Calculate Your Consumption

Step one is to calculate roughly the number of bottles consumed in your household in a year (I’m not your doctor, you can be honest). Start with the average number of bottles per week, and then pad that number to account for festive periods when consumption is higher, and consider annual parties, anniversaries, gifting and anything else that adds to that number. Don’t include wines you drink at restaurants or at a friend’s (unless you’re bringing the wine).

Style Considerations

Then, reflect on what styles of wine you tend to drink. Do you like to start a meal with champagne or sparkling wine? Do you go straight to red, or enjoy a glass of crisp white beforehand? Light-, medium- or full-bodied red wines? How often do you really drink port or sweet wine?

Lastly, give some consideration to bottle formats. Most experts agree that magnums (1500 ml) are the ideal size for long-term aging. Formats even larger than this will age more slowly. These can be impressive sights; nothing says “festive” like pulling out a three or six-litre bottle. The question is, how often do these festive occasions come around?

Personally, I find that I have few opportunities to open big bottles. Even with large gatherings, I find I’d prefer to share more standard 750 ml bottles and serve guests smaller glasses of a greater number of wines over the course of an evening, as opposed to two or three glasses of the same wine. Wine, for me, is all about discovery and diversity. But I know many collectors who swear by large format bottles and have no shortage of occasions to pull them out. How about you? Don’t forget, you’ll have to allow for additional storage space for these in the cellar.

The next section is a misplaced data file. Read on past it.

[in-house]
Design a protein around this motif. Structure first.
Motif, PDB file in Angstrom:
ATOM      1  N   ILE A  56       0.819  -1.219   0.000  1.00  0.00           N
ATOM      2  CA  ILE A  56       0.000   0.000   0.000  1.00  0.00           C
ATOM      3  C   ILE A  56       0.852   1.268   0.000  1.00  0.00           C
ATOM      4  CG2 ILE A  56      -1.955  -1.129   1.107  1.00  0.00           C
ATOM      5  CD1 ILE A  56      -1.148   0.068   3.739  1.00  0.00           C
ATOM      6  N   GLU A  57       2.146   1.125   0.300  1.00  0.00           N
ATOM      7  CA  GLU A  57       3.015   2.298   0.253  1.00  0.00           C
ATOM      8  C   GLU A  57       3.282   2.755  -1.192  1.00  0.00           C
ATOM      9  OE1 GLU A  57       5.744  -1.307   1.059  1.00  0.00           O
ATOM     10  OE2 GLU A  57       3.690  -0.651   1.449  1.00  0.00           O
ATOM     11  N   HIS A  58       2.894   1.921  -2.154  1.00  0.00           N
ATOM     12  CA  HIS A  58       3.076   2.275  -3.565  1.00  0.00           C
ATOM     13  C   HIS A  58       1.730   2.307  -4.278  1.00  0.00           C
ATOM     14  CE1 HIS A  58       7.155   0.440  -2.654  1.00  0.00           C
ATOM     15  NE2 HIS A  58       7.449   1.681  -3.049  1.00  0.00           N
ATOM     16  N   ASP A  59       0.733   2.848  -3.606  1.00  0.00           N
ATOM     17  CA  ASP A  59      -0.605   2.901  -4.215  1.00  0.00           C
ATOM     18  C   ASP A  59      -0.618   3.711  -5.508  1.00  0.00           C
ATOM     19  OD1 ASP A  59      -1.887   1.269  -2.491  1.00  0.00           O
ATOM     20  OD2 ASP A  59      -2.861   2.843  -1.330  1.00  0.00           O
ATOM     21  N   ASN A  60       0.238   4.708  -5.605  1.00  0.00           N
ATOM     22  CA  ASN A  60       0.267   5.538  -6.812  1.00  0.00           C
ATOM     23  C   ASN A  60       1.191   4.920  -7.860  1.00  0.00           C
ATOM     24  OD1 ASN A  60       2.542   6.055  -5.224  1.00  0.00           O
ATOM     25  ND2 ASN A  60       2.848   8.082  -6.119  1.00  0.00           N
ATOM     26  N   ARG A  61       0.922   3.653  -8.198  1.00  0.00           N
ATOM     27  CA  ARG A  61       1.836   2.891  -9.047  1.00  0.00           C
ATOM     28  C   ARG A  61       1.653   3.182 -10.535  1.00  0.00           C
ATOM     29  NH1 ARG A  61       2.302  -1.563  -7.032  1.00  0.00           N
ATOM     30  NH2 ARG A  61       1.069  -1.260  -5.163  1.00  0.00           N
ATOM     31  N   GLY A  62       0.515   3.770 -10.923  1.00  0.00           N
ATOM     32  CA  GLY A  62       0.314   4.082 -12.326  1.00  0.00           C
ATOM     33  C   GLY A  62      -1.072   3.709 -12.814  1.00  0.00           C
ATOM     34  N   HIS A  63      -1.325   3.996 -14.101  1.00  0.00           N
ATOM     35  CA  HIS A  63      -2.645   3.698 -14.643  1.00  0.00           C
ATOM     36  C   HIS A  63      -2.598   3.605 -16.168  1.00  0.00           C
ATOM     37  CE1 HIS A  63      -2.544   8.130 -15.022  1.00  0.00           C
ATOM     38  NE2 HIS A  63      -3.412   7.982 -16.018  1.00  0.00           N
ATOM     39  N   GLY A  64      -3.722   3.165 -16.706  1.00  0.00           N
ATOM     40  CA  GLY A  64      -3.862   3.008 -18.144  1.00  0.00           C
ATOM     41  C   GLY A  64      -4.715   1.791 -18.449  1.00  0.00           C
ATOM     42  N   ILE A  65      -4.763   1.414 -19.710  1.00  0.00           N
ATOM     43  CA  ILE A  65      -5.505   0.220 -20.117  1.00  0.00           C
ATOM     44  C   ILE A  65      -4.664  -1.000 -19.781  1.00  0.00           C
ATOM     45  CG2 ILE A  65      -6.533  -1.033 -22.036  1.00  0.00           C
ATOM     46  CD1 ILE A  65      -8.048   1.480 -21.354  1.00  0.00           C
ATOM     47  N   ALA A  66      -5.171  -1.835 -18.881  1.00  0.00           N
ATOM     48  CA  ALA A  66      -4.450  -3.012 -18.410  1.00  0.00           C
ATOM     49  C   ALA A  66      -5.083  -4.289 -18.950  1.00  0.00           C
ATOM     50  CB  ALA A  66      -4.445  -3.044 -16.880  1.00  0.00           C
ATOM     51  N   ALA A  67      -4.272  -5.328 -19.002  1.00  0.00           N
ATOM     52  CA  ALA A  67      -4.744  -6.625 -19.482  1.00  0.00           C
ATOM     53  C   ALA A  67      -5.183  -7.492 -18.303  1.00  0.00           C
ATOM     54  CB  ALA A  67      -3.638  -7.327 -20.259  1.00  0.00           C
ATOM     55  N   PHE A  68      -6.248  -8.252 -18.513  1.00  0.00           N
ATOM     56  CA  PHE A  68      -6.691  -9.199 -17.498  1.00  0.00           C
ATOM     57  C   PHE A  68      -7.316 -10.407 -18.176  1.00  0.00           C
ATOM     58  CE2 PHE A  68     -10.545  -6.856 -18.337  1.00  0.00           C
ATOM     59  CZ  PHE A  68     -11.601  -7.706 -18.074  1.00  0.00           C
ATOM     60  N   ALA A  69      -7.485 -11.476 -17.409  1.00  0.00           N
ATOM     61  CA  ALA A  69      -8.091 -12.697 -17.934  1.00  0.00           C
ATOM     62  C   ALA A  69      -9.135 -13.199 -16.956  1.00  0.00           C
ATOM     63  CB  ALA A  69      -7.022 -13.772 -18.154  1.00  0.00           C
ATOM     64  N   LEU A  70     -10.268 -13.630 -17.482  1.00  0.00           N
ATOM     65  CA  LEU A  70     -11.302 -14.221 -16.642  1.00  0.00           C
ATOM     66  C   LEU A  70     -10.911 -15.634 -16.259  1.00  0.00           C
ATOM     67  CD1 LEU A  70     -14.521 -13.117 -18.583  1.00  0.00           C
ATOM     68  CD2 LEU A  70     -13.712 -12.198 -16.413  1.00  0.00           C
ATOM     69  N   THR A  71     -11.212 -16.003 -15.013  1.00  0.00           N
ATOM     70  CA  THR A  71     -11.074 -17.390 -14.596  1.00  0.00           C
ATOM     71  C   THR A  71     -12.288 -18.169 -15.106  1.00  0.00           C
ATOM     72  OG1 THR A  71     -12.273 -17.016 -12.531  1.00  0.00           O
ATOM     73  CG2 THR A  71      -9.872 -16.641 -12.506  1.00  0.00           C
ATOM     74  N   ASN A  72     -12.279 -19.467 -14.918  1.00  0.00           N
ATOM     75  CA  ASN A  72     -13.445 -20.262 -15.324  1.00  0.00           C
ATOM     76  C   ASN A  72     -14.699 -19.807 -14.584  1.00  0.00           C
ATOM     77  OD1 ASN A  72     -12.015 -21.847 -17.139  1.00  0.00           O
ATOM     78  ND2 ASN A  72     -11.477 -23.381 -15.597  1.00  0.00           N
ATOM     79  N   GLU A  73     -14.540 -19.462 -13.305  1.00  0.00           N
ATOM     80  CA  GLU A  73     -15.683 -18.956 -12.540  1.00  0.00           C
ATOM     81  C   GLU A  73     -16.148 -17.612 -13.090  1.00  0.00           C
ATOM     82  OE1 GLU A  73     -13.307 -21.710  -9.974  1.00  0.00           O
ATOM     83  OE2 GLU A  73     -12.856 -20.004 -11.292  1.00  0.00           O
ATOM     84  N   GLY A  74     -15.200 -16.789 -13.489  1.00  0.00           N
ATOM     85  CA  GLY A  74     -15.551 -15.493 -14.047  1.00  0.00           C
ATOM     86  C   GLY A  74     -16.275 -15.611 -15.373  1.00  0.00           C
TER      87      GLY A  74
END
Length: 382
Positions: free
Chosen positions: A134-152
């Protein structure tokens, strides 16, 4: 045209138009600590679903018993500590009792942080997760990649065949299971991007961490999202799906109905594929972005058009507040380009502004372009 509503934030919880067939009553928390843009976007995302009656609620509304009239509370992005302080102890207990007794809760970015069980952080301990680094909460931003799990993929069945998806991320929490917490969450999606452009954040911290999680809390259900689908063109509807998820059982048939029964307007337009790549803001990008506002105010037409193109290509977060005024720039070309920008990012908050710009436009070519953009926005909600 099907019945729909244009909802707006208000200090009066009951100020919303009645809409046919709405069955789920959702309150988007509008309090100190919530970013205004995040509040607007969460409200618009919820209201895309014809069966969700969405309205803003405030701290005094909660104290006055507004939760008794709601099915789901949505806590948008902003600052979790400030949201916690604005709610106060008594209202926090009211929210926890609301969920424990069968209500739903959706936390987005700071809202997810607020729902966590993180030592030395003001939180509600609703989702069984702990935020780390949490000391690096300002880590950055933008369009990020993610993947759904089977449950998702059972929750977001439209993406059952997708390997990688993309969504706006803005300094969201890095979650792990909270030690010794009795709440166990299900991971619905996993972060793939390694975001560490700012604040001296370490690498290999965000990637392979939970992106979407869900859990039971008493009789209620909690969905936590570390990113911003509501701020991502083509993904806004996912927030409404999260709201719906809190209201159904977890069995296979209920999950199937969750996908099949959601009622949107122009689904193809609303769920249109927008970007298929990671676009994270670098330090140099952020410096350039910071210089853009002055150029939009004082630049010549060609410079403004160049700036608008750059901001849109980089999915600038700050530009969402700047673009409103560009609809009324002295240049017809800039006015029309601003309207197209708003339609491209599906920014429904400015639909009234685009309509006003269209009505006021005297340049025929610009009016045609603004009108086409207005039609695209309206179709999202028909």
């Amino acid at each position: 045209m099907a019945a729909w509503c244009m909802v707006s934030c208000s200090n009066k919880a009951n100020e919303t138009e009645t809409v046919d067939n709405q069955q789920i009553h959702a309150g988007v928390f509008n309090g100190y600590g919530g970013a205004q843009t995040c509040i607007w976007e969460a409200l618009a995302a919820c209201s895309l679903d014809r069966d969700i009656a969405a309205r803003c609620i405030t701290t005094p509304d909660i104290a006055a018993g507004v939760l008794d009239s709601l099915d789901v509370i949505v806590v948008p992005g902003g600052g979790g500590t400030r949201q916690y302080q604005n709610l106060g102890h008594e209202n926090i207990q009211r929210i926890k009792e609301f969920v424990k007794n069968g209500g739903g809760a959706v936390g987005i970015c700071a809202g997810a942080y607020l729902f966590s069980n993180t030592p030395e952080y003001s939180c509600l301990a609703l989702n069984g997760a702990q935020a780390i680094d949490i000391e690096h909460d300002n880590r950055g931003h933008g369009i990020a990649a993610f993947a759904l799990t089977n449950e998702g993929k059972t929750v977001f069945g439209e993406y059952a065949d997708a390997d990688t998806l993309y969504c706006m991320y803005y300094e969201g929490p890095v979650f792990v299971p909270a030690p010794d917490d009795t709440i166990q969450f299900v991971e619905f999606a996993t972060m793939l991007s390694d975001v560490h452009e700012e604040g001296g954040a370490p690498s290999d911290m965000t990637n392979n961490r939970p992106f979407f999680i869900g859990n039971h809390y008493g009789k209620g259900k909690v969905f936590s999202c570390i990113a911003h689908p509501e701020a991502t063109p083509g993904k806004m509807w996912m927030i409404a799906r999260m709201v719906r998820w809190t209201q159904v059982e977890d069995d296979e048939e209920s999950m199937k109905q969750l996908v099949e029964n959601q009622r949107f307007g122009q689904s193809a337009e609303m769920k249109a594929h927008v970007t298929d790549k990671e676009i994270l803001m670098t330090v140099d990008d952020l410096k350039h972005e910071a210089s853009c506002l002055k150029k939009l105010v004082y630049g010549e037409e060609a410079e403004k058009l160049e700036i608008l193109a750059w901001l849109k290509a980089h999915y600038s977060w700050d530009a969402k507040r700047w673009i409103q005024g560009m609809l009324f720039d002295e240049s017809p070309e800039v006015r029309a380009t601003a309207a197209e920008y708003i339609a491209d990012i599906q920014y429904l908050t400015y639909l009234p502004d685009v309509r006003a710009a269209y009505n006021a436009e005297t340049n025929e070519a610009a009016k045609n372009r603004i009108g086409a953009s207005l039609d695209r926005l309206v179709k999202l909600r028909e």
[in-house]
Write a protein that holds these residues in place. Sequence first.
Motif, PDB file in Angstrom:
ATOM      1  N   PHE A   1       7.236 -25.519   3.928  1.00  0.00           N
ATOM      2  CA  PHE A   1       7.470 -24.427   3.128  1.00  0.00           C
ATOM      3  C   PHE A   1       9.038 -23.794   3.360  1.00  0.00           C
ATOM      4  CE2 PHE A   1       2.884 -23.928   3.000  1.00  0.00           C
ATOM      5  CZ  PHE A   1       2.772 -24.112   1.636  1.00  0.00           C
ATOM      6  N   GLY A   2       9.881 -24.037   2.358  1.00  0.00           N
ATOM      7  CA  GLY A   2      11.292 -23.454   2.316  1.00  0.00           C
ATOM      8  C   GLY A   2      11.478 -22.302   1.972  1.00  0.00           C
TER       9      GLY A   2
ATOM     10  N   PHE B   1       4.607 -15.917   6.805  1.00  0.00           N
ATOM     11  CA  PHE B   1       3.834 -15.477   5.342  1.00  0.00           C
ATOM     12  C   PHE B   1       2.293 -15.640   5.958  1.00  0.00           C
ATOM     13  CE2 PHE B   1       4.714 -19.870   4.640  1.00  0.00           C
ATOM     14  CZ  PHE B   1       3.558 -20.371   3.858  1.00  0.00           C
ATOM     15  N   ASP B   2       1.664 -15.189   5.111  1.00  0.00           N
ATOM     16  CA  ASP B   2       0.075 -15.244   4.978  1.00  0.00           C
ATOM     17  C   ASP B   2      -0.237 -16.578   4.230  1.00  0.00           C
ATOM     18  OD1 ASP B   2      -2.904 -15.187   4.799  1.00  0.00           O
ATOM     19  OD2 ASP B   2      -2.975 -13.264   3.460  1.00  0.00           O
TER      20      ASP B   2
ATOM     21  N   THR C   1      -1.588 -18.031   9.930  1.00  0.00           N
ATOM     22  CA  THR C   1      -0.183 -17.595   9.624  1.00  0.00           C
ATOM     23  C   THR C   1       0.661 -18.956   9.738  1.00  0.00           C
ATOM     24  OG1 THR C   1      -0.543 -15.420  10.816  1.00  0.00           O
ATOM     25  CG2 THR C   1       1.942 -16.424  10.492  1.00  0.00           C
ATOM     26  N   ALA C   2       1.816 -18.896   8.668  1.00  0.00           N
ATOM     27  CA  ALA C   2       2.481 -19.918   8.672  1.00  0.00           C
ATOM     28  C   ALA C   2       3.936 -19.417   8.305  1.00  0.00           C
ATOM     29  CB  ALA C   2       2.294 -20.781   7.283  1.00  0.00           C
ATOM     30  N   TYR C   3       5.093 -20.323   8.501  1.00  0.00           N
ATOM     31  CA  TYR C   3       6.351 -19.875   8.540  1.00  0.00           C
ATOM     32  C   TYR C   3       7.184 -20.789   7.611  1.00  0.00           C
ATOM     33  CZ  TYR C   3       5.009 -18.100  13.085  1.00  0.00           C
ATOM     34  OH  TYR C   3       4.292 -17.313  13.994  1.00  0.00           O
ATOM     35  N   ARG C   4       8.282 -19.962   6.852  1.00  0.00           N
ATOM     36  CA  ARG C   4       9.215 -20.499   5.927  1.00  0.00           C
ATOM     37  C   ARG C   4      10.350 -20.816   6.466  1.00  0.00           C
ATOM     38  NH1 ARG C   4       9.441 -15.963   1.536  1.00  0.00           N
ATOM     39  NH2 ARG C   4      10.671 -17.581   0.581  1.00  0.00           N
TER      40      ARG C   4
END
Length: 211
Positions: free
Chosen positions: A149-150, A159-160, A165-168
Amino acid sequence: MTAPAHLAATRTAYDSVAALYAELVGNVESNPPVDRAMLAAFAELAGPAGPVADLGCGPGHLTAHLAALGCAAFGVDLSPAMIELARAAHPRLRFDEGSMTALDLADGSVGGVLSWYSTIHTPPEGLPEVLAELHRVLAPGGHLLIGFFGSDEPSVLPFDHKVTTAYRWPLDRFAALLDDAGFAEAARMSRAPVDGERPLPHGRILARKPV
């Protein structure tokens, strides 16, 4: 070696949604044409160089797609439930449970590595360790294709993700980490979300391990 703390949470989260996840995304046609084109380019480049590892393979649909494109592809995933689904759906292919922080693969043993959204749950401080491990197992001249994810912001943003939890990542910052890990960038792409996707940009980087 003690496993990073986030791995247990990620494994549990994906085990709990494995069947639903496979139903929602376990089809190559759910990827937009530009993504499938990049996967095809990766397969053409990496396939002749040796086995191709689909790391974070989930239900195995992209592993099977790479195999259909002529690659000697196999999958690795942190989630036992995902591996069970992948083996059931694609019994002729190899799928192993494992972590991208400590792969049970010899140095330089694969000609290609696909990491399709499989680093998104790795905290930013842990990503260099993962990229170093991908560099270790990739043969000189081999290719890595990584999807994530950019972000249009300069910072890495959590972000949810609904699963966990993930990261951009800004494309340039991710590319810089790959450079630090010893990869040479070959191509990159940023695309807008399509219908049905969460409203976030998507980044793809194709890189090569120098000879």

And a note on half (375 ml) bottles: These are great for dinners for two (or one), but bear in mind that wines in small bottles age more rapidly, and arguably never reach the same degree of complexity/pleasure as the identical wine in a 750 ml or even better, a 1500 ml bottle. Half bottles are for current consumption or short-term cellaring at best. These are some of the basic questions I ask my private clients before putting together a collecting strategy, tied naturally to the more specific types and origins of their preferred wines. Here's what a basic profile might look like:

  • Annual consumption: 150–200 bottles, mostly 750 ml
  • 10% sparkling, mainly champagne
  • 20% white, mostly old world, especially white Burgundy
  • 70% red, mainly French and Italian, Burgundy, Bordeaux, Rhône, Barolo, Brunello

Take a moment to create your personal cellar profile.

Master Sommelier John SzaboMaster Sommelier John Szabo is a partner and principal critic for, Canada’s largest wine publication, and buyer for the WineAlign Exchange wine club. He's built a career in the hospitality industry, specializing in serving and sommellerie. He also imports, teaches, writes, photographs, speaks, emcees, consults, and judges wine internationally. John is also co-host of the newly launched podcast Wine Thieves with WineAlign partner Sara d’Amato, and he's achieved critical acclaim with his latest book Volcanic Wines: Salt, Grit and Power.